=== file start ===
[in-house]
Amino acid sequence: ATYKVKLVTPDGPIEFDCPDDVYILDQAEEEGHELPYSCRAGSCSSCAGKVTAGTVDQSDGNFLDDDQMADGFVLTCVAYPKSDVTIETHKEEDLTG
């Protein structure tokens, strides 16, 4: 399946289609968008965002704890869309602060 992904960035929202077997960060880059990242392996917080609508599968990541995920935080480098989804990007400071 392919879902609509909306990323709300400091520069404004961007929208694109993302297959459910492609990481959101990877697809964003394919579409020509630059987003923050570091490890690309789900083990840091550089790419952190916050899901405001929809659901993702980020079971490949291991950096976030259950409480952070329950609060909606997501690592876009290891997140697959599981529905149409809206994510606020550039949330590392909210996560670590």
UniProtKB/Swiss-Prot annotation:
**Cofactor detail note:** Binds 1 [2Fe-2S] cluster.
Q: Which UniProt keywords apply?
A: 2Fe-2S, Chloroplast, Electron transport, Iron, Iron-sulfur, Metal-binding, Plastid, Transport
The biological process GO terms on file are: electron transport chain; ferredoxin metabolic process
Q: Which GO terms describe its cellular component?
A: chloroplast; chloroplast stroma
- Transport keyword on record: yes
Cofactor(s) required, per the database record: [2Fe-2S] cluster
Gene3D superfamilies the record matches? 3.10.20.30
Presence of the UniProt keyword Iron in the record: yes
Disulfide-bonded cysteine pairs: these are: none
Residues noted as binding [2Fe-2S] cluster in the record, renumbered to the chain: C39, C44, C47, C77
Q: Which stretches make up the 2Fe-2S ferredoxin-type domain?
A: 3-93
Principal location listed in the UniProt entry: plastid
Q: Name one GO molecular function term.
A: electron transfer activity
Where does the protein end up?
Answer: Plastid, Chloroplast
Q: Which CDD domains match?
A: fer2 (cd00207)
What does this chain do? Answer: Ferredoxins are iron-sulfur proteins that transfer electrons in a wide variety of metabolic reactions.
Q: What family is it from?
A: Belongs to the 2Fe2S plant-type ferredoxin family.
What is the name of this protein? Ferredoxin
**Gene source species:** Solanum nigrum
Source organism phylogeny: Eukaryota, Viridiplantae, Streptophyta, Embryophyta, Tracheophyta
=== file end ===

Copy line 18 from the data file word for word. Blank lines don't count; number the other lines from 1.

A: 3-93